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Checking Up On Your Retirement Plan

Updated: Jul 20, 2023

The turbulent market of the last year has complicated many people’s retirement planning. It has also made it more important than ever to check your current plan to see if you’re on track towards meeting your investment goals.

If you have a lot of time until you retire, small tweaks in savings or investment strategy can make a big difference. Retirement just around the corner? Sometimes a few changes to your plan now can help you cross the finish line, even if market conditions are less than fully cooperative.

Here’s a simple six-step retirement plan checkup:

1. Determine where you stand. See whether the amount you’re saving and investing is on pace with the money you’ll need to retire (with some margin for error). Consider working with a financial advisor who has access to sophisticated tools, and perhaps also consider consolidating your investment accounts for ease of administration.

2. If you’re off track, figure out why. Are you saving as much as you planned? Are you maximizing your contributions to your employer-sponsored retirement plan or individual retirement account (IRA)? Is the amount of money you’ll need in retirement increasing? If you’re not on course because your investments aren’t performing well, see if you should make a change to your asset allocation strategy or to the specific investments you’ve chosen. If your investments are not performing at least in line with benchmarks, it may be best to review the latest research in the context of the original rationale for the product. Assuming that checks out, it may be wise to hold on through a period of volatility, as chasing top performers is typically a poor way to make investment decisions.

3. Decide how to get back on track. That could include revisiting your goal, for example by stretching out the time horizon until you retire or reducing the amount of money you plan to spend in retirement. It can also mean increasing portfolio risk, though only after careful consideration of your risk tolerance. It could be that the most palatable option is a little of all three, which makes the magnitude of any one change smaller. If you don’t see a clear path to reaching your goals, consider consulting with a Financial Advisor who can help steer you in the right direction.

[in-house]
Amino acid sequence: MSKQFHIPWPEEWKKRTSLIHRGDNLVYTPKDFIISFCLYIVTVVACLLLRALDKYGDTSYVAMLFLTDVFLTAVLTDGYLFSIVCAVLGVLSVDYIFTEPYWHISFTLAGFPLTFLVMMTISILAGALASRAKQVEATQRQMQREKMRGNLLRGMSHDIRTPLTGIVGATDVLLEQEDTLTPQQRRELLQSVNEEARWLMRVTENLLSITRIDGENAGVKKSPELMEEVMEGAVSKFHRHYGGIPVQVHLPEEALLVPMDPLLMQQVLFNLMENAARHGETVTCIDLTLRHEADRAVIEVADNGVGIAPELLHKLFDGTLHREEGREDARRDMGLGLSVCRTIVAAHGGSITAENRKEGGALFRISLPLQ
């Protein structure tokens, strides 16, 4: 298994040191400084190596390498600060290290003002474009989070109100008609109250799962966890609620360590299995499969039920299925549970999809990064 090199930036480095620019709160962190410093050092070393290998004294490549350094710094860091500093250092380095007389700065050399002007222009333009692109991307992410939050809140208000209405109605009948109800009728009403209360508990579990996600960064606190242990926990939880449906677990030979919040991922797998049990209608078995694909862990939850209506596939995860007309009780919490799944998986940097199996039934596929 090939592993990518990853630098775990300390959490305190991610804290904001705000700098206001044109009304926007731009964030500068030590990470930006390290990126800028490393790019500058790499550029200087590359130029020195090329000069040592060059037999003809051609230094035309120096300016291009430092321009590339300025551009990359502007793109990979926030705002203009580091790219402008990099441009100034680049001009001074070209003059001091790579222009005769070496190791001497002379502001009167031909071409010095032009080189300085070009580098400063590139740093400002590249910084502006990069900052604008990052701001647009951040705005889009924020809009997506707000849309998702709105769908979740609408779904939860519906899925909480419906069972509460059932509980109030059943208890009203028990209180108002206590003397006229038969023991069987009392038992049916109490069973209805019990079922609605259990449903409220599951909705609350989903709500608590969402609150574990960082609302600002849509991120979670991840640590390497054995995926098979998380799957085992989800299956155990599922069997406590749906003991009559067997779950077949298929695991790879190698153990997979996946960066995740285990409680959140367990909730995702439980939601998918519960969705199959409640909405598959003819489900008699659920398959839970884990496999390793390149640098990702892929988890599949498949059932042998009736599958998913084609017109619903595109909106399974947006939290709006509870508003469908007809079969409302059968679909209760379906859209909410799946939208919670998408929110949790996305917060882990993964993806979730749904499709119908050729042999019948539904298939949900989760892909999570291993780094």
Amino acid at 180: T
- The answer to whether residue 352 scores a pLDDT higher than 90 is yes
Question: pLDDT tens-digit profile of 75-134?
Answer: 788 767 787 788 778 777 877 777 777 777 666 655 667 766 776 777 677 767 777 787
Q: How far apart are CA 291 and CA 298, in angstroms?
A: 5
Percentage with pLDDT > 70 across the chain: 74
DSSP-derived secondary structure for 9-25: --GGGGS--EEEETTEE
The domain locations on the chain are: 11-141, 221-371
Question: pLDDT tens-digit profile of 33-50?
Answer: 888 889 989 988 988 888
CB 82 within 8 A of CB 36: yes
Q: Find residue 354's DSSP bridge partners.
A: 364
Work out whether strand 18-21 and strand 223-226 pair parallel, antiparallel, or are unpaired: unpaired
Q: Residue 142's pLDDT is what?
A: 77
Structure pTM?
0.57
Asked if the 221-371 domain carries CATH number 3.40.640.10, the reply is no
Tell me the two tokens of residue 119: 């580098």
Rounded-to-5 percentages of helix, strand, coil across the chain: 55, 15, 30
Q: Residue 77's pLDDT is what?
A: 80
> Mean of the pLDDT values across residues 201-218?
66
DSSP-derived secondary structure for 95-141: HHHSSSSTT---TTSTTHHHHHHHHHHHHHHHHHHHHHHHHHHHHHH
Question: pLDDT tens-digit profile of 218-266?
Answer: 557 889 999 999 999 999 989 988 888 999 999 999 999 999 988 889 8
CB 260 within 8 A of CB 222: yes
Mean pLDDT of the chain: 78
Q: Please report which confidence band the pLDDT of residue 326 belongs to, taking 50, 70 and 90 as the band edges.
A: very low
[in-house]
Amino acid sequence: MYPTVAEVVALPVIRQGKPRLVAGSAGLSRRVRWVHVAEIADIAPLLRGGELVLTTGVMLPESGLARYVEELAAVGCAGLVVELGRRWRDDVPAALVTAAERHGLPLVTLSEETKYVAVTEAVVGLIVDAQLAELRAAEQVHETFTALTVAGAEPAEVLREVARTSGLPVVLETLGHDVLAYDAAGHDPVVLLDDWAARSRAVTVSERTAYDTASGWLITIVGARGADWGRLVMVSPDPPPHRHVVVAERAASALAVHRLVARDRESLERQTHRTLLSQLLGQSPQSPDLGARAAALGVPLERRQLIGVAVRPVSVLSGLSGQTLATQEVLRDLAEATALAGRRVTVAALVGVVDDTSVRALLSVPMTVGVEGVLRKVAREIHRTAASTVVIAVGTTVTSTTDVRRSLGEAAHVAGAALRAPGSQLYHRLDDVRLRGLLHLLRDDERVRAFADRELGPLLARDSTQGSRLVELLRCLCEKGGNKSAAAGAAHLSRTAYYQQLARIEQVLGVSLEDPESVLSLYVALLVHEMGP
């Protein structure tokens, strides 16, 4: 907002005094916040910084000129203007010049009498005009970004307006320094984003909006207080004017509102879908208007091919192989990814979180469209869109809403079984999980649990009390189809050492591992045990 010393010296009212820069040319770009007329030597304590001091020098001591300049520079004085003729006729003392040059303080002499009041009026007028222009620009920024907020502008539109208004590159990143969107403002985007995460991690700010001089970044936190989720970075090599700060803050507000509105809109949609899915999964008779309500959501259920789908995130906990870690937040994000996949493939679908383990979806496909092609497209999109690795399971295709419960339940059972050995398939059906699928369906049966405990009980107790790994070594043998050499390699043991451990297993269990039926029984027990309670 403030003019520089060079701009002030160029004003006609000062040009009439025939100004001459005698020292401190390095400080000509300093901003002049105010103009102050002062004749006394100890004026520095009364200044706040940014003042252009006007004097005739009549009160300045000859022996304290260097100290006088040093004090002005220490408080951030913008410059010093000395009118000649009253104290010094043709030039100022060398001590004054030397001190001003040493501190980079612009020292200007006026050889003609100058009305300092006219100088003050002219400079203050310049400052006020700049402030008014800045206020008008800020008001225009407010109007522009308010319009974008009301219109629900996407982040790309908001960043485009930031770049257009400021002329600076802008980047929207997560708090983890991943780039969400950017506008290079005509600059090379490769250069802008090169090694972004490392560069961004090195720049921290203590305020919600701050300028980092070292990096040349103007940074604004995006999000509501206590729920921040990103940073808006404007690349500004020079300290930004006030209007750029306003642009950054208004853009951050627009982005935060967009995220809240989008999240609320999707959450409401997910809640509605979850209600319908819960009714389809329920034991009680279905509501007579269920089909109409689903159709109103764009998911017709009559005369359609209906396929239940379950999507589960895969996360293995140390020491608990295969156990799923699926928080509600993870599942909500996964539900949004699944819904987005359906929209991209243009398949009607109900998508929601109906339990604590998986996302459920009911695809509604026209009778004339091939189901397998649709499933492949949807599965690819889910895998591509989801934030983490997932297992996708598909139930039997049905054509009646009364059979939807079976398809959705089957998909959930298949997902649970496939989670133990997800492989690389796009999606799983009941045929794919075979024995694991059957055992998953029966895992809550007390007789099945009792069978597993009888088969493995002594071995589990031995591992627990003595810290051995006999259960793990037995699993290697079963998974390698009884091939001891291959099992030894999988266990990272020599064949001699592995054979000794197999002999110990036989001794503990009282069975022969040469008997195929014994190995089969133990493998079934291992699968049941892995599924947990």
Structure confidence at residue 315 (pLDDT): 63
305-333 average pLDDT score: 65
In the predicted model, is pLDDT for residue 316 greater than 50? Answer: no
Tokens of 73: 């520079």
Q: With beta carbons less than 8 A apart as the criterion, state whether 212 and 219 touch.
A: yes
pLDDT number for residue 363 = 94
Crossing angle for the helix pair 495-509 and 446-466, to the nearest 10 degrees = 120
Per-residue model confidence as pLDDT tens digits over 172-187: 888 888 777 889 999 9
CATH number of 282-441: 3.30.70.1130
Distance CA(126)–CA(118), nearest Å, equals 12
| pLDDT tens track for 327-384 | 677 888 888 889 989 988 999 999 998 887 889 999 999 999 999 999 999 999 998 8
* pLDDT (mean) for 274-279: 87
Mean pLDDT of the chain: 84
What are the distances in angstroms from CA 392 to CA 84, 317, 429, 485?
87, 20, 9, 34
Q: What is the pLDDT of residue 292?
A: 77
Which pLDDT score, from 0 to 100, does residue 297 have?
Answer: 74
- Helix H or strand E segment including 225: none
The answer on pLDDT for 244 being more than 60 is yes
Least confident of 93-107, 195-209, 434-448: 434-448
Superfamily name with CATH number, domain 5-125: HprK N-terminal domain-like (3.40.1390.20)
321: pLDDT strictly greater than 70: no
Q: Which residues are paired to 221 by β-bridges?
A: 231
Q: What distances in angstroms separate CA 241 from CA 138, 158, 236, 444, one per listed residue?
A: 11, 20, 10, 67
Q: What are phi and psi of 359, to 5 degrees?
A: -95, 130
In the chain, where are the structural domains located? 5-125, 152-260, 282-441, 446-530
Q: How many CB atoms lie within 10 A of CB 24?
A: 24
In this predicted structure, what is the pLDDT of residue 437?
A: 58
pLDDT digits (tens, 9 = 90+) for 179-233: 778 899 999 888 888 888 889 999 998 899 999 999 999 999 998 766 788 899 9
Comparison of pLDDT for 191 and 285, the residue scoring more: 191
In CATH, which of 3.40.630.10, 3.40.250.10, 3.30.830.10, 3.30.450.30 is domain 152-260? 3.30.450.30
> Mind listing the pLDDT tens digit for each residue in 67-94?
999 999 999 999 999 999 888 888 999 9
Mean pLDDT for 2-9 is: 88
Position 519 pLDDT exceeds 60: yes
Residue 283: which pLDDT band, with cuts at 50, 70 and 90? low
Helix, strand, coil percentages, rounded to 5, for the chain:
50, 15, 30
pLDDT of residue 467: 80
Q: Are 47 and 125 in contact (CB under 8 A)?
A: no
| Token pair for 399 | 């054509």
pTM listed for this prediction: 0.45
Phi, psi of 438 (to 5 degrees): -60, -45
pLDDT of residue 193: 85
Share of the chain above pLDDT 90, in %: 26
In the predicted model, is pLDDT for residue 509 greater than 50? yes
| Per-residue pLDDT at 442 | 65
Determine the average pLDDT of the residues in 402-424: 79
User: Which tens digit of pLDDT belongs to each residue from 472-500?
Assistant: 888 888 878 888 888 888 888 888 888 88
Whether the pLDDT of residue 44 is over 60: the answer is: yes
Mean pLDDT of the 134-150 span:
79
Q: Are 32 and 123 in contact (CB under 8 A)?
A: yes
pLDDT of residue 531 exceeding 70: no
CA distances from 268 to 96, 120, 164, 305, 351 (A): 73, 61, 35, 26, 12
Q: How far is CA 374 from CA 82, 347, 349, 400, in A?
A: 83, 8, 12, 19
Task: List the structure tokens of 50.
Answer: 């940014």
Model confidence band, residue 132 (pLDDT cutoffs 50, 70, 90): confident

4. Take advantage of ways to improve returns without magnifying the risks. These strategies can include options to minimize taxes, such as income smoothing and tax loss harvesting. Insurance may also play a role. If used correctly, long-term care, life insurance and annuities have the potential to bolster your retirement plan due to their tax treatment and risk mitigation features.

5. Tally up your income sources. If you are retiring soon, you need to get the most out of all your sources of income. That could include strategies for claiming Social Security and traditional pension fund payments, and where applicable, approaches to help you secure or maximize rental income. If your reliable sources of income are not significant as a portion of your needs, you may want to add more conservative income-oriented investments, such as dividend paying stocks or bonds.

6. Assess the risk level of your plan. If you run through these steps and realize that you are on target to retire in a few years with room to spare, consider reducing the amount of risk in your portfolio.

Checking in on your retirement plan doesn’t just entail making sure you are saving enough money. It also means helping ensure the savings you’ve worked so hard to accumulate will be there when you need it-- getting your money when you need it is what this is all about.

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